4. Select a Hotel or an Apartment
Europe has a rich history dating back thousands of years, which means you are likely to find historic and boutique properties full of character.
While you will enjoy the history, taking the baby to Europe may prove to be a history lesson if you ignore the fact that most hotels and apartments in Europe have very small rooms. Most of the hotels and apartments in major cities have less space than similar accommodations in other parts of the world. Therefore, you should also consider staying in an apartment that may offer you more living space than a traditional hotel inside the city.
Similarly, many hotels don’t offer a lift or an elevator due to their historic nature. Taking baby to Europe to stay on the fourth floor of a historic hotel is not a practical idea as you will need to carefully transport your ‘precious luggage’ several times each day. If you can’t find a hotel with an elevator, try staying in a single-story vacation rental.
Another common complaint about European establishments is thin walls in the bedrooms. As most hotels and properties in Europe are of historic nature, you may need to inquire about the level of room noise as disturbance from the nearby rooms can spoil your day. If the neighboring room is too loud, you may have to hold your baby to in order for him/her to sleep.
Staying away from the street is another good idea to take care of the problem. If nothing works, you should try to find an apartment in a peaceful neighborhood.
5. Check the Availability of a Tub or a Large Sink
As suggested in the previous section, most hotels in the center of European cities are cramped for space. It also means that visitors are likely to get a smaller bathroom than they are used to in other parts of the world.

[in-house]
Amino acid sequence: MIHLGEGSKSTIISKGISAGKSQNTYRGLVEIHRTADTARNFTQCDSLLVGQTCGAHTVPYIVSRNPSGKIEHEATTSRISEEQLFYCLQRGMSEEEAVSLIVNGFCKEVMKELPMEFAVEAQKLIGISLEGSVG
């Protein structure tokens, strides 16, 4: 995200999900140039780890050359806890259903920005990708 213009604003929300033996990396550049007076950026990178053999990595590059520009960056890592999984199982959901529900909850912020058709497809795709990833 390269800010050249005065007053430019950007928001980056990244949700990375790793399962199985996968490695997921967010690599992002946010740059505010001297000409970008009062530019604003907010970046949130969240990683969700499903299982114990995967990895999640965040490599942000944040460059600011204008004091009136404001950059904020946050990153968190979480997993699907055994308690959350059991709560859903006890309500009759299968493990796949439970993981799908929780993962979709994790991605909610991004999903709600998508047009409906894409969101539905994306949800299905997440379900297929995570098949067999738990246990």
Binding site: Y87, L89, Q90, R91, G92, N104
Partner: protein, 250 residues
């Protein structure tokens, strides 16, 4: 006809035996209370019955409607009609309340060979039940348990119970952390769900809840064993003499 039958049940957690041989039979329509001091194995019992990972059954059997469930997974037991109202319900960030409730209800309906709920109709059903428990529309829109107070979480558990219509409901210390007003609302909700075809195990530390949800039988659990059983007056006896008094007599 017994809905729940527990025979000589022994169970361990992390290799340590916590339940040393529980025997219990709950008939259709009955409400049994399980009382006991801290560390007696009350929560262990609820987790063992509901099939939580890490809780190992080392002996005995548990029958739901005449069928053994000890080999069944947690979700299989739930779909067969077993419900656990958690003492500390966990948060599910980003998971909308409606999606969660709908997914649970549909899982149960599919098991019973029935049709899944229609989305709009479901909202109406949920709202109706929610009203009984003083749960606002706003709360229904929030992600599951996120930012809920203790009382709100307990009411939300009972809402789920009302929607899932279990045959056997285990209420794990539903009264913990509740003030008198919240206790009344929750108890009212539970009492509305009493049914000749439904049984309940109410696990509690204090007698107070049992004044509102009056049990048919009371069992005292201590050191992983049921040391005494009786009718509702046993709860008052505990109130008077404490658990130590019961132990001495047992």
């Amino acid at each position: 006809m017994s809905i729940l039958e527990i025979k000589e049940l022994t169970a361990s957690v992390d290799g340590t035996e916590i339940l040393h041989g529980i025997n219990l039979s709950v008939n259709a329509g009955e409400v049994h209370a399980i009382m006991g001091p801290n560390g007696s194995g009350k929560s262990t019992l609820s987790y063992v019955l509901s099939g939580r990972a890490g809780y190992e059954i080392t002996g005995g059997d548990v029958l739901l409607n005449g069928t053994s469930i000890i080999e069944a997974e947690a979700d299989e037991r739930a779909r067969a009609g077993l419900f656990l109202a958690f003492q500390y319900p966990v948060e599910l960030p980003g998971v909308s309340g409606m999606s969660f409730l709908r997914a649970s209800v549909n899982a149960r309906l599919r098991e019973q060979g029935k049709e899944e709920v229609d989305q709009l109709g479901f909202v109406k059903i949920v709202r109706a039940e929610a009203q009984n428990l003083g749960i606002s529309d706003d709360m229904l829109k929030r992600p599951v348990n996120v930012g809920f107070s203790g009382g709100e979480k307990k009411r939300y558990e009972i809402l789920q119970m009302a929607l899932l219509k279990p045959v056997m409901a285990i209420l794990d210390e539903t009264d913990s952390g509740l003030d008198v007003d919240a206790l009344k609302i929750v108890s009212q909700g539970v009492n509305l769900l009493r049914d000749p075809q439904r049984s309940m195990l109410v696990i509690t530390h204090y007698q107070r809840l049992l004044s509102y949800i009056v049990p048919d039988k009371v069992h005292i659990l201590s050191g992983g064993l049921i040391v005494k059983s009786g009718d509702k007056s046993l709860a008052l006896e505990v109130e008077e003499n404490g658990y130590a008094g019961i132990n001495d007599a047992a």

Taking baby to Europe without inquiring about the availability of a tub or a large sink is a mistake. It’s not fun because you will not get a bathtub in most hotels unless you’re paying for a luxury suite. Similarly, most hotel sinks are smaller and unsuitable for babies to take a bath.
If taking the baby to Europe to stay in a central city apartment or a hotel, it makes sense to check the size of the sink or book an establishment with a bathtub.
Try to take an inflated tub that will enable you to give a proper bath to the baby. If nothing works, try the wet sponge solution to give a dry bath. Luckily, you will find larger rooms and apartments as you move away from major cities to rural areas and resorts close to the beach.
6. Ask for Priority Boarding and Family Areas
Just like train travel, flying coast to coast in Europe is very cheap. The reasonable prices of air travel are due to the intense competition between the railway and the airline industry. For families who are taking their baby to Europe, the competition translates into better services at almost all major European airports who offer varied facilities for babies. Airports such as Barcelona offer a separate family line complete with playpens. Most major airlines such as British Airways, Lufthansa, and KLM have designated kid areas at multiple hubs.
Local laws in Europe are also very child-friendly as you can be escorted to the front of a boarding lane if you have a baby. The priority boarding allows you to easily take care of the baby belonging instead of dumping them quickly in the overhead cabins. The same goes for the security line where a security agent will usher you to the front, particularly if you are traveling alone with a baby or there is no one nearby to help you.
For further reading, check out our article on flying while pregnant.